By Kabelo Mollo
A couple of weeks ago the platform I trust and enjoy most was rocked from its axis. Two major things happened. One in a funnel, the other on a broader scale. The first was an interesting anecdote (and I hate to make it an anecdote for all its moving parts) wherein a bunch of nameless and faceless folks made allegations of abuse against a guy on an anonymous app that feeds in to Twitter. The thing about anonymous apps is that anybody can say anything about anybody. Also, one person can say the same thing over and over again and make it seem like an account from a number of people. If I allege someone has abused me on such a platform I have besmirched that person’s name for good. The burden of proof is incumbent upon the alleged attacker to prove he didn’t do what the nameless, faceless account says.
The second thing that happened is that the richest man in the world, Elon Musk bought twitter for an eye watering $44bn cash. No leveraged buy-out with hedge funds and private equity players all extracting value, nope, just a straightforward “here’s 40 billion of my hard earned dollars, I’ll take it from here Jack Dorsey “. He claims he’s bought it because he wants to make it a space for free speech. Many have opined on why they don’t feel comfortable on a single owner, let alone a billionaire owner and so I will. I hate the idea of Musk owning the platform and here’s why… You see Americans and especially “alt right” Americans seem to hold the view that freedom of speech entitles them to say anything. Even stuff that infringes on other people’s rights. They seem to think racist speech falls within the ambit of free speech. It’s really disconcerting but I see it so often that I have to believe that for many along a certain continuum that’s how they see things.
My fear is that Musk will over democratize the medium and have those extremists saying whatever mess they want in the name of “free speech”. That extreme will naturally be met by the opposite extreme and the extreme left will then push back with their own extremist views and that will just make for a thoroughly unhinged discourse. Incidentally I foresee the guy ending Donald J. Trumps ban and also unleashing all kinds of quasi revolutionary groups and sub groups. If you think I’m expecting the worst, you’re absolutely right. The medium won’t be the same, and for what it’s worth, that’ll be the worst because for all its shortcomings, it can be a really effective tool for information networking and just plain old distraction.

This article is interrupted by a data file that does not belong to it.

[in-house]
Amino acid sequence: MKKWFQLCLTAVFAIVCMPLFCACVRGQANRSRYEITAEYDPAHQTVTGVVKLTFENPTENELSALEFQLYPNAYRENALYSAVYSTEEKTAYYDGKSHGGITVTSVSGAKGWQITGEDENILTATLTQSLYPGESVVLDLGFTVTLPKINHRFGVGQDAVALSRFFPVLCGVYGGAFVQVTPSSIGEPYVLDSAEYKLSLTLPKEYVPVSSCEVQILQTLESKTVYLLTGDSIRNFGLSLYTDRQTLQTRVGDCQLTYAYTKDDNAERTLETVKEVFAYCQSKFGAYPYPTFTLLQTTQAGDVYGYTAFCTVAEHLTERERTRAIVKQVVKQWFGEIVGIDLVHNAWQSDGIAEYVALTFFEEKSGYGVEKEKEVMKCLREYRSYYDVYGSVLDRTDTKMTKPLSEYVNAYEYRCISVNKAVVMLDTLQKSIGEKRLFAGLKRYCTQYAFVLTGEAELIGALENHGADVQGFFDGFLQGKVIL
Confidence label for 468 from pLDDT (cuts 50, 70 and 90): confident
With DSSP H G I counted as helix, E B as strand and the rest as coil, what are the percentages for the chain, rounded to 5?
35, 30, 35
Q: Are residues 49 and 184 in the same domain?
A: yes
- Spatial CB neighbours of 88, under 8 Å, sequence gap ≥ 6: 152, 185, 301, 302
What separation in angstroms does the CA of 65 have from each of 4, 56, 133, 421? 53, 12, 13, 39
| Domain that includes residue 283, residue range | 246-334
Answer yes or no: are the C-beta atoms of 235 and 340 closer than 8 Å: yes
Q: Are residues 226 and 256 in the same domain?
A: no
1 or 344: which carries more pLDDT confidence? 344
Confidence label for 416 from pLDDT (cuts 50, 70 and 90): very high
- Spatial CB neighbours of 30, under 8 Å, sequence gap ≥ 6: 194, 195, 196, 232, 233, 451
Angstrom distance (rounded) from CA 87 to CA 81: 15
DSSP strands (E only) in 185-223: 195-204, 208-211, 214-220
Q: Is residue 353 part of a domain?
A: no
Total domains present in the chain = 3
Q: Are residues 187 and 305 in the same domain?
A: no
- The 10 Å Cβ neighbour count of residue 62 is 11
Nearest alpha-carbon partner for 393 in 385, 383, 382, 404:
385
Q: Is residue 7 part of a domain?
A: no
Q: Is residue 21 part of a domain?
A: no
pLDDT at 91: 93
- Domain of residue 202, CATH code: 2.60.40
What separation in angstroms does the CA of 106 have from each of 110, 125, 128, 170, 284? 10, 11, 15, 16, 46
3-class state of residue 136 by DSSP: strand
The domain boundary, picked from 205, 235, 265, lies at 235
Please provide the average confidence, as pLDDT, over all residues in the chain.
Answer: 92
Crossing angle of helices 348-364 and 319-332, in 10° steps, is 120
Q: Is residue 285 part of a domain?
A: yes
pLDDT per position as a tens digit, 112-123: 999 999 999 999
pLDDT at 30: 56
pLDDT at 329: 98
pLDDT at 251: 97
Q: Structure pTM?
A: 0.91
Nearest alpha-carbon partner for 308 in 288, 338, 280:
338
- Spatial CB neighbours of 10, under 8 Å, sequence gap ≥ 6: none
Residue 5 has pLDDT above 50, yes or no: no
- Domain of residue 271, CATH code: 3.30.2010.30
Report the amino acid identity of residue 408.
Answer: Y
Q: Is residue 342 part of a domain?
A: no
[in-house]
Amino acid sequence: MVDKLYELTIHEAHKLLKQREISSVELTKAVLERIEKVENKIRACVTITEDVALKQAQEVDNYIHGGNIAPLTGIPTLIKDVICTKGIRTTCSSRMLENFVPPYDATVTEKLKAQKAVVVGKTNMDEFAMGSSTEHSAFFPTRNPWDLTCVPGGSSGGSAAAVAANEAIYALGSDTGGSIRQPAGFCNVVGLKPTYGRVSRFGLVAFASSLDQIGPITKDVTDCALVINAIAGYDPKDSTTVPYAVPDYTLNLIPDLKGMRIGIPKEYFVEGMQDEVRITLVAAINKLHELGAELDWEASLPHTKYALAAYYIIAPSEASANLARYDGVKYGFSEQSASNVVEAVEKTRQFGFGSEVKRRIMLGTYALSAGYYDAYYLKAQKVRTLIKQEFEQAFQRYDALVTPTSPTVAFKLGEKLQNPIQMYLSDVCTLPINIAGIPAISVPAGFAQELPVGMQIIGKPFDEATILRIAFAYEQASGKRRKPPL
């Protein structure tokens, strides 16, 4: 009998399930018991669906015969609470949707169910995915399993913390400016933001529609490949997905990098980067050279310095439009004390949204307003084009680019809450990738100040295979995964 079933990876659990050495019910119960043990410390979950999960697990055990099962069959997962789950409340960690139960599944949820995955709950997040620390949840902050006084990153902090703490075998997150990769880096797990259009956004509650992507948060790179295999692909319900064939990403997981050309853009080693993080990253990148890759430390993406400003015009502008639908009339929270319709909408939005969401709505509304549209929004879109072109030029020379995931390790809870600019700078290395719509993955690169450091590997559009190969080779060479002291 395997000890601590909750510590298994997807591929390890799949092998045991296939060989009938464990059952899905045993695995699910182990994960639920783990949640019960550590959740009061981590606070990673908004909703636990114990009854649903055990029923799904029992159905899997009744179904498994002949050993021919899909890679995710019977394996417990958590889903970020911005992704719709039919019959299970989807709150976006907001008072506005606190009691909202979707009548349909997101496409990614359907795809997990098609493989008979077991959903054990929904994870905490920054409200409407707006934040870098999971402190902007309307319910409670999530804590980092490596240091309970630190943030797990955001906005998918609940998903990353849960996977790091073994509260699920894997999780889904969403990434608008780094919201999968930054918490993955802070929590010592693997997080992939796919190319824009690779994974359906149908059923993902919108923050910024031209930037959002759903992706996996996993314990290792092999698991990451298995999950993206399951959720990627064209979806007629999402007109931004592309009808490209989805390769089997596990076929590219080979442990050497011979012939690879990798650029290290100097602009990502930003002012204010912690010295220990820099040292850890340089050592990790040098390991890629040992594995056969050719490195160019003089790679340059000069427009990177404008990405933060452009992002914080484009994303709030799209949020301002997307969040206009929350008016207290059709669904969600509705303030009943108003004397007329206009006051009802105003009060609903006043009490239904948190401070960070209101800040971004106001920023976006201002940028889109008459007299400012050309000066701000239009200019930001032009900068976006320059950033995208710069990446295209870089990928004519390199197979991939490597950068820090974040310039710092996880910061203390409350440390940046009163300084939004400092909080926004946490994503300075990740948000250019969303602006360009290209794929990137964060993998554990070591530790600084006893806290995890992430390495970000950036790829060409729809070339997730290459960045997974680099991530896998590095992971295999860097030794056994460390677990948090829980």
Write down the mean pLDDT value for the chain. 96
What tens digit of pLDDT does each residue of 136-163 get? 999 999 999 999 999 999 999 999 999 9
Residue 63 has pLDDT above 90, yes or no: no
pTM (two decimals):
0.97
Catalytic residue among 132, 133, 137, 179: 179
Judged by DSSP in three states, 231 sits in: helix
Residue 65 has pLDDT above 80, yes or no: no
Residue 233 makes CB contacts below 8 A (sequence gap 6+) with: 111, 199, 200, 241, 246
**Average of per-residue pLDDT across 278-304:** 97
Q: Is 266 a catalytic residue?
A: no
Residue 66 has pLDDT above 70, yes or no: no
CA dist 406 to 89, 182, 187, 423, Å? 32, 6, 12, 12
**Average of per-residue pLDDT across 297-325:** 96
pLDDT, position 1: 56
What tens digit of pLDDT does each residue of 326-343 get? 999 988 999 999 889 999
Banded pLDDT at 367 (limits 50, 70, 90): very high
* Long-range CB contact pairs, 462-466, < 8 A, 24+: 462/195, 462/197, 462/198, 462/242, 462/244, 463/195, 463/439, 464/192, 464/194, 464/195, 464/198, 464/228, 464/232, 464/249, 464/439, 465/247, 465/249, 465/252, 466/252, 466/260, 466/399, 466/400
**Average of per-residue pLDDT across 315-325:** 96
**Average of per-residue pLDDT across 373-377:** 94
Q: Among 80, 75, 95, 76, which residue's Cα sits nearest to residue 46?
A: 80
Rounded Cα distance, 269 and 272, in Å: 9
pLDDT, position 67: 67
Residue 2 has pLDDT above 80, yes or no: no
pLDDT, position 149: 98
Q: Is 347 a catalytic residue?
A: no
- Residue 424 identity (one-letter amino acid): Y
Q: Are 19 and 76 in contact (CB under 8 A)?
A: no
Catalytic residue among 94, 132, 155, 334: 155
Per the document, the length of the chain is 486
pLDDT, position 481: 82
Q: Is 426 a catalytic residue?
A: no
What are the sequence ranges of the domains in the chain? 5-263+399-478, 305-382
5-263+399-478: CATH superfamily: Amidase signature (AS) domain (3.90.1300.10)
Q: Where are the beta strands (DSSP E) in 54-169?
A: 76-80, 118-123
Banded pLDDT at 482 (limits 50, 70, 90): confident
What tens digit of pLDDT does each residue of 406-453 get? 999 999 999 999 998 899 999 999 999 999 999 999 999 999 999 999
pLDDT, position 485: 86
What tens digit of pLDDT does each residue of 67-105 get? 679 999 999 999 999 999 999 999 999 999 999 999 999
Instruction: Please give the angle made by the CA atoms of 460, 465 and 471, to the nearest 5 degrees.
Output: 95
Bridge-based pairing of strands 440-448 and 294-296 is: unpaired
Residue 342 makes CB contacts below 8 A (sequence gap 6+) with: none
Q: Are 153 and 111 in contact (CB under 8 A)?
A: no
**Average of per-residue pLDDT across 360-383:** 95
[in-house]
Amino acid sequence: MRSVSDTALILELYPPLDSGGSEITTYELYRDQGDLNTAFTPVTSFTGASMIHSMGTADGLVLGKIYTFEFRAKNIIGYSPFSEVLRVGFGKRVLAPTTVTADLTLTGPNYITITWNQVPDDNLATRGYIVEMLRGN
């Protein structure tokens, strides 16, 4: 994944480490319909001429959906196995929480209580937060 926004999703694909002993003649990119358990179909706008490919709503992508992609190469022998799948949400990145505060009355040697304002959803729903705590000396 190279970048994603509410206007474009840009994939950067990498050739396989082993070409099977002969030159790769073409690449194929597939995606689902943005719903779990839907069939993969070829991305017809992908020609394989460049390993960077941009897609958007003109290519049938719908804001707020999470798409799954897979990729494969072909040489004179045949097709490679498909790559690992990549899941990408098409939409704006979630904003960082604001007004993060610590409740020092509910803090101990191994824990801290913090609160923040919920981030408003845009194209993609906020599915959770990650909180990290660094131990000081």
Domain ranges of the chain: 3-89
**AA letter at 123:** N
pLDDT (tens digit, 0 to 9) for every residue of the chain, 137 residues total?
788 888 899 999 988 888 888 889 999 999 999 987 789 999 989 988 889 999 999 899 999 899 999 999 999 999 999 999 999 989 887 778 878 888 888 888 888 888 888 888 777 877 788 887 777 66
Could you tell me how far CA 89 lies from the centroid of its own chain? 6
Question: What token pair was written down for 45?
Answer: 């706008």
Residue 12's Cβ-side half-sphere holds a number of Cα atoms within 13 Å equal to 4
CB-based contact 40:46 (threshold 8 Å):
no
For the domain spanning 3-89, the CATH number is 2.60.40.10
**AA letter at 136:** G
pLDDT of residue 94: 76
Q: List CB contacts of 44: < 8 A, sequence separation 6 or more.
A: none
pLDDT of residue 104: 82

I want to go back to the first incident that I spoke about. At the centre of this whole fracas wherein somebody has ultimately taken their own life, is the new-fangled idea from social media that “victims” of social abuse must be believed as soon as they make the claim. The “I believe you” movement has come a long with the very necessary “me too” and less necessary “men are trash” social movements. It’s my column so I comment on what I see as worthwhile and otherwise. So the thing, about “I believe you” is that it presupposes that the person making the allegation is a victim. It also guarantees the person making the allegation a clean slate. I understand why it came about. So many victims of abuse will not be believed and so many will simply accept their fate that women primarily eventually decided that anybody who claims to be a victim of abuse/harassment/sexual predatory must be telling the truth. The idea being the sheer volume of cases undeclared and unreported makes it likely. I remember once being out with a group of five ladies. Of the five, four had been molested or sexually harassed at least once in their lives, while another had been a victim multiple times. The fifth lady was a victim of physical abuse in a previous relationship and had spent days in hospital as a result. It was genuinely shocking to hear the ladies accounts of what had befallen them. I don’t think I’ve ever been so hurt by people’s stories.
Now, knowing all that and understanding that perspective I also know of a number of guys who have been victims of abuse. Emotional, physical and in some cases sexual molestation that they are unable to talk about. Because I know the “other side” I’m less eager to believe one side of the story before I hear another. Here’s what I mean. No two relationships are the same. Some couples solve their problems in a manner I could never understand but that’s how they do it. Some couples talk to each other in the most abusive ways and they’re fine with it. Others accept infidelity and keep it moving. Some have physical fights and then go on like nothing’s happened. Problem Is, when one party then takes the opportunity to be a victim.
When activism becomes toxic. I still don’t know what the truth is in that Cape Town twitter melee. From what I can see a genuine claim about abuse in a relationship has led to a free for all by a section so hungry to “out an abuse” and believe “victims” that any sense of cerebral investigation is met with disdain and belligerence. It’s got ugly. Fast. I hope that the medium will regenerate and the discourse will get better, but I’m not holding my breath. I hope the justice system will get better at solving cases of abuse, harassment and rape, I hope Twitter activists will temper their emotions and finally, I hope this whole Cape Town twitter situation will be a lesson to us all.